Whether you’re just preparing your return or have already completed it, you need to be alert for the various scams threatening taxpayers. If you think you couldn’t be the victim of a tax-related scam, think again. In 2014, more than 330,000 individuals filed a tax identity theft complaint with the Federal Trade Commission.
“Everyone should be on the lookout for threatening calls from people faking IRS phone numbers and demands for immediate payment,” says IRS Commissioner John Koskinen. “I urge taxpayers to stay vigilant and remain aware of the constantly changing tactics used by these criminals.”
Phone calls and phishing emails are the top two ways scammers are trying to steal taxpayers’ information and money this year. Unfortunately, a large number of victims have fallen for these scams because they appear valid if you are unaware of the true process the IRS takes when seeking payment or information from individuals.
Scammers are using false logos, badge numbers, letterhead, phone numbers and other sophisticated methods to trick their victims into answering questions revealing personal identification numbers and credit card information. Although potentially anyone could be at risk, scammers are preying on individuals who are more likely to take immediate action, like the elderly and newly-arrived immigrants.
The IRS has identified five tactics only scammers will use.
In addition to these tactics, the IRS has identified the following “Dirty Dozen” scams being used in 2015.
If you suspect that you may be the victim of a scam, here’s what you should do.
Remember, the IRS will not use email, text messages or social media to discuss personal tax issues. Koskinen also says the agency does not hurry individuals to make a payment or to take action. There is a series of steps, including letters, phone calls and the opportunity to appeal the request and ask questions.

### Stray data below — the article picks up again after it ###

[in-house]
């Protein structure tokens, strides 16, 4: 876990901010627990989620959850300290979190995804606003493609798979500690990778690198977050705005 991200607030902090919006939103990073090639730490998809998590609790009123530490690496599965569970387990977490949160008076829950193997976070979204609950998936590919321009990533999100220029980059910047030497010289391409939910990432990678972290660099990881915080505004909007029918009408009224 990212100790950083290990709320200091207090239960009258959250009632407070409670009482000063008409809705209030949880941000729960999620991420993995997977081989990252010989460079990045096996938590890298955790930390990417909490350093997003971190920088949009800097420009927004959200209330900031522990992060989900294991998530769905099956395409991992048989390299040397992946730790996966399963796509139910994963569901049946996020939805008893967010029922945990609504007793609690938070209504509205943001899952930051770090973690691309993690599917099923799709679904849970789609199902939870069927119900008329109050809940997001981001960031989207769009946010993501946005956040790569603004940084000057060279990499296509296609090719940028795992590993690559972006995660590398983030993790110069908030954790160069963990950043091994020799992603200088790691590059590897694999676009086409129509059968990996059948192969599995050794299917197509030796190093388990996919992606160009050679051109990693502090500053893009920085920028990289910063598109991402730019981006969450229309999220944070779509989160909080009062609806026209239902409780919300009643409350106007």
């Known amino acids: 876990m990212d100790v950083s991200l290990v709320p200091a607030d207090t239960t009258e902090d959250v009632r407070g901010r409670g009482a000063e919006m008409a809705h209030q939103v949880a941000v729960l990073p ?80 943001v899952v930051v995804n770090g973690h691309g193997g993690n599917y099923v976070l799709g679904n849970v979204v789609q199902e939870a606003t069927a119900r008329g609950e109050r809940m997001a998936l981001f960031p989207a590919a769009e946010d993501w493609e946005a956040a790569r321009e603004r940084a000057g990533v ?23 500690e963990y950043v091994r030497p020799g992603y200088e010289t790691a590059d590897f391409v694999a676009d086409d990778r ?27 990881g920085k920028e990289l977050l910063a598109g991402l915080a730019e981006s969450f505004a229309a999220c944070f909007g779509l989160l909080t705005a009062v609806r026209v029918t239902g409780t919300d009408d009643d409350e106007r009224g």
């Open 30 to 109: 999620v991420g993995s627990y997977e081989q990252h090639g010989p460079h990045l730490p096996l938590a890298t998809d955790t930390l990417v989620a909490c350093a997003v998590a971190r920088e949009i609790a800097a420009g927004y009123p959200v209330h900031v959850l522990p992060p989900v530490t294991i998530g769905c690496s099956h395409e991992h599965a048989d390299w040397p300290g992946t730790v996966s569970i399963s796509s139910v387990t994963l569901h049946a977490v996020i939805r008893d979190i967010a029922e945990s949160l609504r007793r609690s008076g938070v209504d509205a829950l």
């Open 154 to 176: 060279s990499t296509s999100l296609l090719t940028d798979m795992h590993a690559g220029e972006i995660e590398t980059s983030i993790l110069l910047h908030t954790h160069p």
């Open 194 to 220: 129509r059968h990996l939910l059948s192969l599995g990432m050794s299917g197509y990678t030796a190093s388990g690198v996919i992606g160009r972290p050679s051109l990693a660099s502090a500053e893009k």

Do not take immediate action when being prodded by what you may think is the IRS. Simply hang up and take a moment to look for the signs that you may be dealing with a scam artist.
For more information on tax scams, visit irs.gov, or view our references.
FTC. (2015, January 26). Tax ID Theft Tops FTC Complaints in 2014; IRS Imposter Complaints Up More Than 2,300 Percent. Retrieved from https://www.ftc.gov/news-events/press-releases/2015/01/tax-id-theft-tops-ftc-complaints-2014-irs-imposter-complaints
IRS . (2015, March 31). Don’t be Fooled, Phone Scams Continue to Be Serious Threat Nationwide. Retrieved from http://www.irs.gov/uac/Newsroom/Don%E2%80%99t-be-Fooled-Phone-Scams-Continue-to-Be-Serious-Threat-Nationwide
IRS. (2015, February 9). IRS Completes the “Dirty Dozen” Tax Scams for 2015. Retrieved from http://www.irs.gov/uac/Newsroom/IRS-Completes-the-Dirty-Dozen-Tax-Scams-for-2015